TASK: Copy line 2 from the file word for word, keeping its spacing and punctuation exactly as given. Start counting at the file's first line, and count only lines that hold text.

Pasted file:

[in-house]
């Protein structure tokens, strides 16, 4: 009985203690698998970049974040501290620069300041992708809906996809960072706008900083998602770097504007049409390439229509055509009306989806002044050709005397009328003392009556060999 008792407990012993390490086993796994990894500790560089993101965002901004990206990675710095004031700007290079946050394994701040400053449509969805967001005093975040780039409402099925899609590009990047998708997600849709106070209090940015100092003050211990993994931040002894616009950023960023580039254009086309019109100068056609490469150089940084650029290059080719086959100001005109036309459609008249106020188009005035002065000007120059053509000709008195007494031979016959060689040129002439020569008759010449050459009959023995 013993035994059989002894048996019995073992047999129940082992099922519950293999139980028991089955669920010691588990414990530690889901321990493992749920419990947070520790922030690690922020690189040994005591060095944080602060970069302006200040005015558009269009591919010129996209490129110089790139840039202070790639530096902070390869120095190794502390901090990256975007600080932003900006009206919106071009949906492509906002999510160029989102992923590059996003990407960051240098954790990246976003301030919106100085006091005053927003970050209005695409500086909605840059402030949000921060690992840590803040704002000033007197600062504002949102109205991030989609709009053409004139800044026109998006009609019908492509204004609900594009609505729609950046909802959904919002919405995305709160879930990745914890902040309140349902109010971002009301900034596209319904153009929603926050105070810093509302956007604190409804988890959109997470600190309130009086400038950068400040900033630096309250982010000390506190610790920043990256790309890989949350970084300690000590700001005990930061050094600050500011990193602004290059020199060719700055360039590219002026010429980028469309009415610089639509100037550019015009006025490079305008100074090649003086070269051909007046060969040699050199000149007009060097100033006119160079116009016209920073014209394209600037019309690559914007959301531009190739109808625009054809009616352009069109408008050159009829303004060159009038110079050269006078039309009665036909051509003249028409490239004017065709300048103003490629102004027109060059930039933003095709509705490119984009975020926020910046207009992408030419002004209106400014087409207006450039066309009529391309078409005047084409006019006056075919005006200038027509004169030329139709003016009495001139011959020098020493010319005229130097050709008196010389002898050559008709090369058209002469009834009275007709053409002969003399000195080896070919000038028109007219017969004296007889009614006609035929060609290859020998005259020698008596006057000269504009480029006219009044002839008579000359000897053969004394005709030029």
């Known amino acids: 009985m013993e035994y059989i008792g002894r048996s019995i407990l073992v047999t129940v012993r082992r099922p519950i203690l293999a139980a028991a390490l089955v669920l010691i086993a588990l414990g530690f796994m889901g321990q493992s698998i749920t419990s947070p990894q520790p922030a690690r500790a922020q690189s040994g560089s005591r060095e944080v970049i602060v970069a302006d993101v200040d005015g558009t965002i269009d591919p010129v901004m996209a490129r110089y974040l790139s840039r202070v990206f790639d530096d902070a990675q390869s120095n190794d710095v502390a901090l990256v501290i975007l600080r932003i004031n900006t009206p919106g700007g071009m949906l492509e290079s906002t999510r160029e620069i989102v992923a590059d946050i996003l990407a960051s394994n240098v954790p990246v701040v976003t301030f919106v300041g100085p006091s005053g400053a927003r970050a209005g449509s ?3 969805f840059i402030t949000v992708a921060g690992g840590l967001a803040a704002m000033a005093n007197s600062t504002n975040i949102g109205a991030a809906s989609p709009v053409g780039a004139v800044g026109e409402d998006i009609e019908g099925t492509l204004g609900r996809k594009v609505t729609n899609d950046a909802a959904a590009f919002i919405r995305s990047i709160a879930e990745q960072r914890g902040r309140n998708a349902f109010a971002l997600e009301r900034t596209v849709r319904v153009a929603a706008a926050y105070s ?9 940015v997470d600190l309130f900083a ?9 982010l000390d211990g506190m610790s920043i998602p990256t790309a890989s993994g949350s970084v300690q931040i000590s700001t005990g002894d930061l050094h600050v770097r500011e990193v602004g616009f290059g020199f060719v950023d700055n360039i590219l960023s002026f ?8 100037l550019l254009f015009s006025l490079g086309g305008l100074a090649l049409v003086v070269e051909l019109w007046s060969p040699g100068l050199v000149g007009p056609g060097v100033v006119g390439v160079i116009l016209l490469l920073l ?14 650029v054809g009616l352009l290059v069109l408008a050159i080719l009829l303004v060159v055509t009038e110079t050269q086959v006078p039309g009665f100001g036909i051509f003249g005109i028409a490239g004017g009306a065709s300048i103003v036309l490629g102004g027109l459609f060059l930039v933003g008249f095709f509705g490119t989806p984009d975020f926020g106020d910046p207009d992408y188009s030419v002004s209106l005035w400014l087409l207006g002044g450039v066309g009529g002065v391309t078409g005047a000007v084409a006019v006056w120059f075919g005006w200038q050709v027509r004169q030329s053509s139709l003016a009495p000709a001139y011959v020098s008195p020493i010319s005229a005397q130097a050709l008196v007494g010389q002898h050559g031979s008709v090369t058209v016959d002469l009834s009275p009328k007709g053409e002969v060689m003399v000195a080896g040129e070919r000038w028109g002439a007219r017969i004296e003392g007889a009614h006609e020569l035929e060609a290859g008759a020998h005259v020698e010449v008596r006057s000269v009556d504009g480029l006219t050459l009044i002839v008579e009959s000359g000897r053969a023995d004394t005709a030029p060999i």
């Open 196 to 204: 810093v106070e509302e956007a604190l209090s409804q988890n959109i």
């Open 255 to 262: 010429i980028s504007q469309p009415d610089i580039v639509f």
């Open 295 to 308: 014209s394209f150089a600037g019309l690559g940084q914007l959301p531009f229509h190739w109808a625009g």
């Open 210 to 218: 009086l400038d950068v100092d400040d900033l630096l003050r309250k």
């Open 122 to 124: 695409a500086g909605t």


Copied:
């Protein structure tokens, strides 16, 4: 009985203690698998970049974040501290620069300041992708809906996809960072706008900083998602770097504007049409390439229509055509009306989806002044050709005397009328003392009556060999 008792407990012993390490086993796994990894500790560089993101965002901004990206990675710095004031700007290079946050394994701040400053449509969805967001005093975040780039409402099925899609590009990047998708997600849709106070209090940015100092003050211990993994931040002894616009950023960023580039254009086309019109100068056609490469150089940084650029290059080719086959100001005109036309459609008249106020188009005035002065000007120059053509000709008195007494031979016959060689040129002439020569008759010449050459009959023995 013993035994059989002894048996019995073992047999129940082992099922519950293999139980028991089955669920010691588990414990530690889901321990493992749920419990947070520790922030690690922020690189040994005591060095944080602060970069302006200040005015558009269009591919010129996209490129110089790139840039202070790639530096902070390869120095190794502390901090990256975007600080932003900006009206919106071009949906492509906002999510160029989102992923590059996003990407960051240098954790990246976003301030919106100085006091005053927003970050209005695409500086909605840059402030949000921060690992840590803040704002000033007197600062504002949102109205991030989609709009053409004139800044026109998006009609019908492509204004609900594009609505729609950046909802959904919002919405995305709160879930990745914890902040309140349902109010971002009301900034596209319904153009929603926050105070810093509302956007604190409804988890959109997470600190309130009086400038950068400040900033630096309250982010000390506190610790920043990256790309890989949350970084300690000590700001005990930061050094600050500011990193602004290059020199060719700055360039590219002026010429980028469309009415610089639509100037550019015009006025490079305008100074090649003086070269051909007046060969040699050199000149007009060097100033006119160079116009016209920073014209394209600037019309690559914007959301531009190739109808625009054809009616352009069109408008050159009829303004060159009038110079050269006078039309009665036909051509003249028409490239004017065709300048103003490629102004027109060059930039933003095709509705490119984009975020926020910046207009992408030419002004209106400014087409207006450039066309009529391309078409005047084409006019006056075919005006200038027509004169030329139709003016009495001139011959020098020493010319005229130097050709008196010389002898050559008709090369058209002469009834009275007709053409002969003399000195080896070919000038028109007219017969004296007889009614006609035929060609290859020998005259020698008596006057000269504009480029006219009044002839008579000359000897053969004394005709030029």